First, check “parrotlect flickrstream” along the left margin here for my favorite 45 fotos from the start of the Great Chesapeake Schooner Race last week. I had posted some of them earlier, but put them up in the moment and without the benefit of my “foto-cleanup” tools.
Here is the real predecessor for this post . . . small specialized East coast designs. And here’s a question . . . guess the loa and beam of this vessel. Answer and fotos follow.
not to emphasize the “just” there. Seriously sweet lines here.
And here. And nearby but in the shadows was a twin called Puffin. And that vintage Johnson Sea horse 18 was attached to the
the prettiest motorboat I’ve ever seen. I don’t think that Johnson comes with the blender attachment seen here!!
This is Silk. Silk is a pushboat. Believe it or not, it’s the prime mover for a 65′ skipjack, and while hauling for oysters, Silk needs to be hanging high and dry. I regret I didn’t get a chance to look at the engine.
Stanley Norman dates from 1902. And that boom looks impossibly long.
And here’s a surprise, maybe. The vessel in the top foto here is a restored 1925 Hooper Island Draketail named Peg Wallace, measuring a belief-defying 37’6″ loa with a beam of only 6’8″!! I’d written of local Chesapeake and southern boats here almost two years ago, but this was my first encounter with a draketail. Scroll down to pete44′s comment here to learn his sense of the origin of the design.
I’d love to see her move through the water.
Draketail . . . named for a duck. Make way!
All fotos by Will Van Dorp.
About a year ago, bright-eyed bowsprite caught a glimpse of USAV LCU-2011 running through the sixth boro. Last week I knew another LCU was heading northward in the Chesapeake as the schooner race proceeded southward. Little did I know I’d intersect with it at several points as I returned to the sixth boro myself. The first visual contact I made at Fox Point State Park, along the Delaware between Wilmington and Chester, PA. Fox Point’s namesake is S. Marston Fox, who inspired the Park’s creation from what had previously been a riverside dump, and of course many more positive things before that. See the LCU way in the distance?
And this is looking back toward Wilmington (and the Delaware Memorial Bridge) from near where the previous shot was taken.
I hope you didn’t think that mere speck above was the only view you’d have of Brandy Station.
To my surprise, a few hours later . . . I arrived at Penn’s Landing, et voila!
The Army has 35 of these vessels.
That’s the Ben Franklin Bridge in the background.
Our third encounter happened the next morning . . . as Brandy Station arced across the river and headed back to . . . . the Chesapeake!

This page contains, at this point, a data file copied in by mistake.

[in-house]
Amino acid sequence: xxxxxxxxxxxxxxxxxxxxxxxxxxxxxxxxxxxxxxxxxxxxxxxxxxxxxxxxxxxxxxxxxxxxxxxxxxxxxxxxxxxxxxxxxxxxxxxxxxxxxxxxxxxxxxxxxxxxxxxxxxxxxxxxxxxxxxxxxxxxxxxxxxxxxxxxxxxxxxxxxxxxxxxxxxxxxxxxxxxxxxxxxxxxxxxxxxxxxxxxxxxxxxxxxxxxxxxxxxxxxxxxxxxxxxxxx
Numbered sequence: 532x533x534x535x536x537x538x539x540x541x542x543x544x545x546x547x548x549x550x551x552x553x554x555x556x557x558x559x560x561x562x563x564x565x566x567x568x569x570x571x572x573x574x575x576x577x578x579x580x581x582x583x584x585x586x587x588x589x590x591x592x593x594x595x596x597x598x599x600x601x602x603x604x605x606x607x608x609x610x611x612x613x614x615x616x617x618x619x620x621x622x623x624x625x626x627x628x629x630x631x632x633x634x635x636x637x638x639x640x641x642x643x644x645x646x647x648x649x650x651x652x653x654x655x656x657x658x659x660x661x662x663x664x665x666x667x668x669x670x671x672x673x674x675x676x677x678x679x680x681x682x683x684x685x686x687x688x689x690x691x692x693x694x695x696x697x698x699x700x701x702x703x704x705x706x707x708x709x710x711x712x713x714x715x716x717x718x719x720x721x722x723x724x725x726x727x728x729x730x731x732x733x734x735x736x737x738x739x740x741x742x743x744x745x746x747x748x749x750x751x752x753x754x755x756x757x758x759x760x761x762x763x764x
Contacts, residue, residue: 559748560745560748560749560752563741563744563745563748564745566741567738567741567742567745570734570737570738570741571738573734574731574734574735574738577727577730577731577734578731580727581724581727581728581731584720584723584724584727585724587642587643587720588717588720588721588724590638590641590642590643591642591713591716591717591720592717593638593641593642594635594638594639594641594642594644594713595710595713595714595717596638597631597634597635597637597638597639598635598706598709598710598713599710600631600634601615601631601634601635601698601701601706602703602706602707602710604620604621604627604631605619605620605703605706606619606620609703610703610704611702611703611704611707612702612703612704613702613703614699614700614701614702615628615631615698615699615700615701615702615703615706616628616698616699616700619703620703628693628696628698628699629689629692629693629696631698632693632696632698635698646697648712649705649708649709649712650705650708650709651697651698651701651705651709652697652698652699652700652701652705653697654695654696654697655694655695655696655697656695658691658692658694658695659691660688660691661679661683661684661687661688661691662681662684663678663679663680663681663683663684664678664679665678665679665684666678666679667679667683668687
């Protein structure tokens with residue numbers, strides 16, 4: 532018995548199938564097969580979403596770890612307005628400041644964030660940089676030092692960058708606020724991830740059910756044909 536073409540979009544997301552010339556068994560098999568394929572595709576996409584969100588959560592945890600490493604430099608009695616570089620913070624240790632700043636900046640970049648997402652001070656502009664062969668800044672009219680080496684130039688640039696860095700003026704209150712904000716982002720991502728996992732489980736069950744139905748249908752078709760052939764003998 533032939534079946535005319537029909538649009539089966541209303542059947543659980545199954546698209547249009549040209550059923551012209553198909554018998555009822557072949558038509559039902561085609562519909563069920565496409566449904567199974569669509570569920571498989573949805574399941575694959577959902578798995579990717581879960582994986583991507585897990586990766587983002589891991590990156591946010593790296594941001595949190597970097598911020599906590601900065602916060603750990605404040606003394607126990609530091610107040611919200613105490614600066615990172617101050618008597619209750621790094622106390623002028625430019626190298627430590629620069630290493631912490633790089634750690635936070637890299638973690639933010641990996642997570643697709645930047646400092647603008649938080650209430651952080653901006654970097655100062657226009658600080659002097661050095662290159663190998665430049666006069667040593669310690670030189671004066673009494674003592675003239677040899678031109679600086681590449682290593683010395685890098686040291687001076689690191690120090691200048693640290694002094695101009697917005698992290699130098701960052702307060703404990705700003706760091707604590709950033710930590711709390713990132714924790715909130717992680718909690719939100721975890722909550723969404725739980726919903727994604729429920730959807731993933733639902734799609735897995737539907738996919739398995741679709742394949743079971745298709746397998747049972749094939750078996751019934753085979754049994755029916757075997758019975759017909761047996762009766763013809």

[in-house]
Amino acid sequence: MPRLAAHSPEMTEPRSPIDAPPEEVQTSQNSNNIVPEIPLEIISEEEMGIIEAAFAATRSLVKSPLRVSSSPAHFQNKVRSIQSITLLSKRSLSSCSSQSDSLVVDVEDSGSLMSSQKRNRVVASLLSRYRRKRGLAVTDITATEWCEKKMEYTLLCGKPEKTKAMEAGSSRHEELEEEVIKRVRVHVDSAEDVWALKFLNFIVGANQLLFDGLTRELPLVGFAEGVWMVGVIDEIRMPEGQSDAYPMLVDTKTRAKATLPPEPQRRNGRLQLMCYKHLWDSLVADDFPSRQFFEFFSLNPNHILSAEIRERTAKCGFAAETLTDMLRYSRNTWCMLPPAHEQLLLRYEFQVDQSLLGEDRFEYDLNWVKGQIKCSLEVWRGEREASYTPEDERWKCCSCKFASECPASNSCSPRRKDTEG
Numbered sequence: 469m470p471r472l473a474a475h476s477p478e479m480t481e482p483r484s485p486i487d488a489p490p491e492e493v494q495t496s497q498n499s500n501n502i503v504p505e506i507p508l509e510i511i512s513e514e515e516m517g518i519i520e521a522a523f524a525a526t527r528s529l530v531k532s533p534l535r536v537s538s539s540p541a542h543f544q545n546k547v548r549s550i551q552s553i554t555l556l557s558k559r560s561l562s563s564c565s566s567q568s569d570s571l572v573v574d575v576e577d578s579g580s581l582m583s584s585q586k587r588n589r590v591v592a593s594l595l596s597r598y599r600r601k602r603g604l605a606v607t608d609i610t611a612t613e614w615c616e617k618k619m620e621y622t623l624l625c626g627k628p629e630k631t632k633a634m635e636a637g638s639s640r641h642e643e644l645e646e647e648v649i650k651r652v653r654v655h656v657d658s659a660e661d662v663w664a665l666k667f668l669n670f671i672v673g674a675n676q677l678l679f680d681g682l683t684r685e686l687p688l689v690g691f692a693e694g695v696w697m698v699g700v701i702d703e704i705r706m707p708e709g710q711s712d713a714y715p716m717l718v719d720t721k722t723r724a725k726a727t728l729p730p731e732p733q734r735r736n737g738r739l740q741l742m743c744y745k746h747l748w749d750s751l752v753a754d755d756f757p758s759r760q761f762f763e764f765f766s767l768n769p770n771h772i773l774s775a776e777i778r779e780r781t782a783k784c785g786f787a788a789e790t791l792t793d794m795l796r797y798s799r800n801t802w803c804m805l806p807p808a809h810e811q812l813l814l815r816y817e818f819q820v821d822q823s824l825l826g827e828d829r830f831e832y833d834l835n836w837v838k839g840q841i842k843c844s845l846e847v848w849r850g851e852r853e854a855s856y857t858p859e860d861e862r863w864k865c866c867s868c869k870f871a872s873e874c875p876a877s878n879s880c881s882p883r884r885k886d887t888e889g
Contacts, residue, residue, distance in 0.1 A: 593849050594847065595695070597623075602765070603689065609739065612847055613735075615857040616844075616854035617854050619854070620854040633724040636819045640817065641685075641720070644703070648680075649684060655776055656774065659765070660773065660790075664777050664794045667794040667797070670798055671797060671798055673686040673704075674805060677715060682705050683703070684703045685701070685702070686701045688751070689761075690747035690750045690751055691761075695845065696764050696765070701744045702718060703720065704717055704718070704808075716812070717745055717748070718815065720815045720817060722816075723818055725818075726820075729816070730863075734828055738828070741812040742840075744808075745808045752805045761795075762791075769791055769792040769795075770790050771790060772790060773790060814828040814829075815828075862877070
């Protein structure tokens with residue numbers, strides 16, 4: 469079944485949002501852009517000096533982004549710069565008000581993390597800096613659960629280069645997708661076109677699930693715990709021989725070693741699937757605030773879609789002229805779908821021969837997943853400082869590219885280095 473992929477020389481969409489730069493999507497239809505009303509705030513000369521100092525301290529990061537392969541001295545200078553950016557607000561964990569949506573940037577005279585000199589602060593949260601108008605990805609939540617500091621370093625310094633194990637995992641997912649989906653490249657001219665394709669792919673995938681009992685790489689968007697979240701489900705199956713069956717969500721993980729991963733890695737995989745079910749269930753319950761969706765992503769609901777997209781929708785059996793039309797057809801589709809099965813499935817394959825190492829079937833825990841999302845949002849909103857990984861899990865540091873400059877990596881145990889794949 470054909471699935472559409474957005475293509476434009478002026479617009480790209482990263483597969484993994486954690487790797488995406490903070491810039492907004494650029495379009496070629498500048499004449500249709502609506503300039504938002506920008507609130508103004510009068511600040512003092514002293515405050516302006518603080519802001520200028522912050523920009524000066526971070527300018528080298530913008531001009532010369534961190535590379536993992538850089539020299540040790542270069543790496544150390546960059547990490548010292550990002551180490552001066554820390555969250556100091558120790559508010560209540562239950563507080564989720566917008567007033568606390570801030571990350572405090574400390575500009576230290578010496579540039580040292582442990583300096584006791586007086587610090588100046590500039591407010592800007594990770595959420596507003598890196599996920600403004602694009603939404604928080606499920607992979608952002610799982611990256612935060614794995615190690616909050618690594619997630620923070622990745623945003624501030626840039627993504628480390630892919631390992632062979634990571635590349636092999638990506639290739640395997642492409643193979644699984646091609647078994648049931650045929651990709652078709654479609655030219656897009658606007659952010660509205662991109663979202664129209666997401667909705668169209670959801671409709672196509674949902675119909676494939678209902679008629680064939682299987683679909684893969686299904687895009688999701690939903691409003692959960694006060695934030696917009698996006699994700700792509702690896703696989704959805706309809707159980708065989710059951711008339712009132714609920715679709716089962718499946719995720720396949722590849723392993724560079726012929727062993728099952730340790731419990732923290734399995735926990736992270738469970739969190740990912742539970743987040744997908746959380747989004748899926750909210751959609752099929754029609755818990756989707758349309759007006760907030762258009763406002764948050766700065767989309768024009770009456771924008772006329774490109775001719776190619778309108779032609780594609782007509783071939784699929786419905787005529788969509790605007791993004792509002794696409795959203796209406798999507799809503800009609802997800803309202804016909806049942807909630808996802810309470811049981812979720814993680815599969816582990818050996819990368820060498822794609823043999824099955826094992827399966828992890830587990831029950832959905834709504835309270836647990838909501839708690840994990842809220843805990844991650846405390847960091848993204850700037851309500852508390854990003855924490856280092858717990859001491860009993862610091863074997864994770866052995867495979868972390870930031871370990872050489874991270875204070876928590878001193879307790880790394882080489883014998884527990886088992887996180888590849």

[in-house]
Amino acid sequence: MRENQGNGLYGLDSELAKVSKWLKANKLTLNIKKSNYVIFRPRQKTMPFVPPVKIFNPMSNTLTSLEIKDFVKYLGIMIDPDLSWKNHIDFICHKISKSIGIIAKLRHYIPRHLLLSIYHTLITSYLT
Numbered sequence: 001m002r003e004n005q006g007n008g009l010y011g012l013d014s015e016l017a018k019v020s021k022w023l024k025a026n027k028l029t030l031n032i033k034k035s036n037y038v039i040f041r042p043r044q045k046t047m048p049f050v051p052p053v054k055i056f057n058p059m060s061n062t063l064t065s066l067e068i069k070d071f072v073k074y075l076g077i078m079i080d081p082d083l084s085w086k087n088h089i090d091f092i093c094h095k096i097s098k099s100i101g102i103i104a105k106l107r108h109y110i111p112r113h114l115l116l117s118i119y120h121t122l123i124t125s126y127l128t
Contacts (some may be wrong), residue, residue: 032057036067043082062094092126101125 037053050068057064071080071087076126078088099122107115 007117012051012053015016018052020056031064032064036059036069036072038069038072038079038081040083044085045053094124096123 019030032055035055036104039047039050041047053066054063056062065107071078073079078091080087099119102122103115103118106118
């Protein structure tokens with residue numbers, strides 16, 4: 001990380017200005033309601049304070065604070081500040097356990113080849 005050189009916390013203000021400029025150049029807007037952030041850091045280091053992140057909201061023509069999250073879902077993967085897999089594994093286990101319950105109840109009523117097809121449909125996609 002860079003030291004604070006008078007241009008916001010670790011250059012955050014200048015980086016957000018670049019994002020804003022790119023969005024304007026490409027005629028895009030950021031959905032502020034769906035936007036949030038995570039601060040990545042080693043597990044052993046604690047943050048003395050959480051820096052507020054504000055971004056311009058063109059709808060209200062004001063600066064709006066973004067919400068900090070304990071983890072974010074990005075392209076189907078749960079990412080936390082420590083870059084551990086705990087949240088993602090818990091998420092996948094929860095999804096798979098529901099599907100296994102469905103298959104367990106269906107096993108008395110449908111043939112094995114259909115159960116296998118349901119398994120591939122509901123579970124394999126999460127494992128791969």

All fotos by Will Van Dorp, who’s back in the sixth boro.
When this event happened on Memorial Day in the sixth boro, I wrote about it as “cast.” The New London cast right after the 4th of July was quite different. All these fotos come with thanks to Birk Thomas, now at sea. Ferry New London is automatically part of the local and daily cast .
Thames (rhymes with “james” ) Towboat Company’s John P. Wronowski (2004) was built in Florida.
Adam uses her 450 hp mostly around the Thames Towboat Company yards, where it was built.
Patricia Ann came out of a Louisiana shipyard as a YTB on hull #758 . . to Hercules #766, now in Nigeria.
Schooner Brilliant, 1932 in the Bronx, is truly brilliant.
It’s Amistad (Connecticut with a 2000 launch) with its unmistakable rake.
First . . . a foto from Cape Town thanks to Colin. Any idea what purpose the wire coils around the bulwarks of Teliri serve? Answer at end of post.
Next, from French mariner Herrou Xtian, a LeHavre-based rotor tug RT Claire, now working in Bremerhaven. For a sense of what she looks like below the waterline, click here.
Also from Xtian, it’s a huge salvage tug Abeille Bourbon. Xtian’s has a model-building question later in this post. And I hope to have fotos of a huge tug myself in the next few days.
And from Dave Chappell, Mobro’s Rio Bravo (ex-Gus Candies, 1973) towing a scow through Jacksonville, FL.
And here’s Xtian’s question, stemming from his work on Crowley’s former vessel Centurion. On his model, the lighter strips represent the keel coolers. How far do the ones marked A and B extend, and what exactly do they look like.
Here are fotos I took of Centurion high and dry on Mighty Servant 1, about to leave NYC’s sixth boro for Nigeria. However, the portion Xtian wants to see is obscured in all my fotos. Anyone help?
Thanks much Colin, Xtian, and Dave.
Shuttles and warships and barks come and go, but the work in the boro never quits. Greets to all the crew on Falcon (1970),
Crystal Cutler (2010),
Kimberly Poling (1994),
First Coast (1968) and Grace D,
All fotos by will Van Dorp, who will be “on assignment” for a few days.
Meanwhile some ponderables:
A new radio show to create called Boat Talks . . . now that Tom and Ray are parking it . . .